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Korean Journal of Dental Materials - Vol. 47 , No. 1

[ Original Article ]
Korean Journal of Dental Materials - Vol. 46, No. 2, pp.99-108
Abbreviation: Kor J Dent Mater
ISSN: 2384-4434 (Print) 2384-3268 (Online)
Print publication date 30 Jun 2019
Received 17 May 2019 Revised 19 Jun 2019 Accepted 24 Jun 2019
DOI: https://doi.org/10.14815/kjdm.2019.46.2.99

The effects of deproteinization and primer treatment on microtensile bond strength of self-adhesive resin cement to dentin
In-Hye Bae ; Sung-Ae Son ; Jeong-Kil Park*
Department of conservative dentistry, School of Dentistry, Pusan National University, Yangsan, Korea

탈단백과 프라이머의 처리가 상아질과 자가접착형 레진 시멘트 사이의 미세인장결합강도에 미치는 영향
배인혜 ; 손성애 ; 박정길*
부산대학교 치의학전문대학원 치과보존학교실
Correspondence to : Jeong-Kil Park 20 Geumo-ro, Mulgeum-eup, Yangsan-si Gyeongsangnam-do 50612, Republic of KoreaAffiliation: Department of Conservative Dentistry, School of Dentistry, Pusan National University, Yangsan, Republic of Korea Tel: +82-55-360-5221, Fax: +82-55-360-5214 E-mail: jeongkil@pusan.ac.kr

Funding Information ▼


The purpose of this study was to evaluate the effects of deproteinization and an additional primer treatment on the microtensile bond strength of a newly developed self-adhesive resin cement to dentin. The occlusal dentin of extracted human third molars was randomly divided into four groups according to the surface treatment: a control (CON) with no treatment; applying a deproteinizing agent (DPT) (5% sodium hypochlorite); using a primer (PRI) (G-CEM ONE Adhesive enhancing primer, GC); and applying a deproteinizing agent and a primer (DPT-PRI). Composite resin blocks with a disk shape (diameter, 10 mm; height, 4 mm) were bonded to the treated dentin using a self-adhesive resin cement (G-CEM ONE, GC). The specimens were sectioned into sticks with a cross-section of 1 mm2 and tested to failure in tension mode at a crosshead speed of 1 mm/min. All groups showed a significantly higher microtensile bond strength compared to CON (p<0.05). PRI showed the highest microtensile bond strength followed by DPT and DPT-PRI (p<0.05). No significant differences were observed between DPT and DPT-PRI (p>0.05). Within the limitations of this study, a deproteinizing agent or specific primer can enhance the microtensile bond strength of the self-adhesive resin cement to dentin. However, it is not recommended to use a primer in combination with the deproteinizing agents.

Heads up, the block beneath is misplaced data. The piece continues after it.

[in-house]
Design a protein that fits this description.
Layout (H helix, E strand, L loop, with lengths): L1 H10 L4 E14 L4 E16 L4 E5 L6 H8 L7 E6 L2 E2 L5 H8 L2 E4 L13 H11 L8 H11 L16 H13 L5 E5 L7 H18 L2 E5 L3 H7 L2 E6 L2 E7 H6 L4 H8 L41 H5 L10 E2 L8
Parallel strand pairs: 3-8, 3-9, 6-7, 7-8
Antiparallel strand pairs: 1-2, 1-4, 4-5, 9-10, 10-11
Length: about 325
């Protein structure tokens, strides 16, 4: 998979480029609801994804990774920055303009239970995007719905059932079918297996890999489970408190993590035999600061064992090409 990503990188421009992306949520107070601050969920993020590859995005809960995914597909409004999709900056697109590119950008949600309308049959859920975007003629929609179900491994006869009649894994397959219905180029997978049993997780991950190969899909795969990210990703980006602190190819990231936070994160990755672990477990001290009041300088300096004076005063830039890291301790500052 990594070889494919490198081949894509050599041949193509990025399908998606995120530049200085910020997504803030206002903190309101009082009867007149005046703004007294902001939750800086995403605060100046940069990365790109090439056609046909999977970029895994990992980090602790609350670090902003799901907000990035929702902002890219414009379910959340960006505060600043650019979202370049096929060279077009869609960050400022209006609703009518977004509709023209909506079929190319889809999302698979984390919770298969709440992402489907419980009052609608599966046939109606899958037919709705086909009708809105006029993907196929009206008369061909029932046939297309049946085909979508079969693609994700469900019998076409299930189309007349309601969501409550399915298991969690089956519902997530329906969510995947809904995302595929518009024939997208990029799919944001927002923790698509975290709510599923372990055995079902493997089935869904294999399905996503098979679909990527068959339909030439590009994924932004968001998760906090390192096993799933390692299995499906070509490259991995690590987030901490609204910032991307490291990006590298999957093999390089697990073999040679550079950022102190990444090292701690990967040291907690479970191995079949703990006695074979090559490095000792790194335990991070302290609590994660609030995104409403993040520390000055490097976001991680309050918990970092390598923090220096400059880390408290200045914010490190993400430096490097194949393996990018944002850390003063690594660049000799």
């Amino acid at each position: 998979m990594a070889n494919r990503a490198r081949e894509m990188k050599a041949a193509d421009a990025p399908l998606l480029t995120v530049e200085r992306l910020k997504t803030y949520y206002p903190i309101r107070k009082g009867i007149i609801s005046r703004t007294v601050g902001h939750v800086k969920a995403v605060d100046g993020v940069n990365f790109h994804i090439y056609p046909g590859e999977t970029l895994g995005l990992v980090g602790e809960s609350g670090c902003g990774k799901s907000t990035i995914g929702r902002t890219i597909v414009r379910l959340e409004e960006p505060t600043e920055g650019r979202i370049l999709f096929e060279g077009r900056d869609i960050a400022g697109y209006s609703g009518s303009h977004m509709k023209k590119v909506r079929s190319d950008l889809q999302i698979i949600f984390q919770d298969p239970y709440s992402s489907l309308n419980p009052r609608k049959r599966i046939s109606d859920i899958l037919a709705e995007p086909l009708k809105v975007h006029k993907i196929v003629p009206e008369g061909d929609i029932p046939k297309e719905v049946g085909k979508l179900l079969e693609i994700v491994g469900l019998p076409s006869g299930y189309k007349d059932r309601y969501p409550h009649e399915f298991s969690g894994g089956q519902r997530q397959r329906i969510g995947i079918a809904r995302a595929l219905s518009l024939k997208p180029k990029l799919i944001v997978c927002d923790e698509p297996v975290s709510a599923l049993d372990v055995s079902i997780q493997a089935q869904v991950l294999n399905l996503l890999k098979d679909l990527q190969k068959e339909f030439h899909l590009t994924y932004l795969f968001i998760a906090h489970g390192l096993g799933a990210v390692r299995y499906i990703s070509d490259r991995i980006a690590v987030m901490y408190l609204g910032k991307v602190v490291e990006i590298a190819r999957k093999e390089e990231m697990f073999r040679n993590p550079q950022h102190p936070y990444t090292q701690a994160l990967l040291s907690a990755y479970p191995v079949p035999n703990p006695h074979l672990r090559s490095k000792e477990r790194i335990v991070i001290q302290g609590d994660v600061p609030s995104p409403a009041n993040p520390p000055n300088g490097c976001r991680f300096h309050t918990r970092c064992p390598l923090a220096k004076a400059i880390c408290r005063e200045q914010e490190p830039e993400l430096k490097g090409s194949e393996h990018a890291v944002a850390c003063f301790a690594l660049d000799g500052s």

본 연구의 목적은 탈단백(deproteinization)이나 추가적인 프라이머의 처리가 상아질과 자가접착형 레진 시멘트 사이의 미세인장결합강도에 미치는 영향을 평가하기 위함이다. 총 40개의 사람 제 3 대구치를 선별하여 아크릴 레진에 매몰한 후 교합면의 상아질을 노출시켰다. 표면을 600번 실리콘 카바이드 연마지로 연마하여 도말층을 형성한 후 노출된 상아질에 다음과 같이 처리하였다: 아무런 처리하지않은 대조군; 탈단백제(5% 차아염소산나트륨) 처리; 프라이머(G-CEM ONE Adhesive enhancing primer, GC) 도포; 탈단백제 처리후 프라이머 도포. 복합레진(Filtek Z250, 3M ESPE)을 지름 10 mm, 높이 4 mm의 원통형 플라스틱 주형에 2 mm씩 적층 충전 및 광중합한 후 표면 처리된 상아질에 자가접착형 레진 시멘트(G-CEM ONE, GC)를 적용하고 광중합하여 접착시킨다. 그 후 37℃증류수에 24시간 보관하고 단면이 1 mm2인 막대기 형태로 절단하여 미세인장결합강도를 측정하였다. 각 결과값은 one-way analysis of variance와 Tukey’s honestly significant difference test로 분석하였다. 실험 결과 상아질에 표면 처리를 한 그룹이 대조군에 비해 유의하게 높은 미세인장결합강도를 보였다(p<0.05). 상아질에 프라이머를 단독 처리한 그룹에서 가장 높은 미세인장결합강도가 관찰되었다(p<0.05). 탈단백제 처리나 탈단백제 처리 후 프라이머를 처리한 그룹은 그 다음으로 유의하게 높은 미세인장결합강도를 나타냈으며(p<0.05) 두 그룹 사이에 유의한 차이는 관찰되지 않았다(p>0.05). 결론적으로, 본 연구에 사용한 자가접착형 레진 시멘트는 상아질에 탈단백제나 특정 프라이머를 함께 사용하는 경우 접착력이 향상될 수 있으나 두 제제를 병용하는 것은 추천되지 않는다.

Keywords: Self-adhesive resin cements, Microtensile bond strength, Deproteinization, Sodium hypochlorite
키워드: 자가접착형 레진 시멘트, 미세인장결합강도, 탈단백, 차아염소산나트륨


With the aim of cementing indirect tooth-colored restorations, resin-based cements have been developed by various dental material manufacturers. These resin-based cements provide numerous advantages such as aesthetics, mechanical strength, low solubility, and bonding ability to enamel and dentin (1). As composite resin-based material, resin cements require pretreatment steps on the tooth substrate. Depending on the adhesive protocol, resin cement has been divided into three groups: total-etch (etch-and-rinse) adhesive resin cement, self-etch (etch-and-dry) adhesive resin cement, and self-adhesive resin cement (2).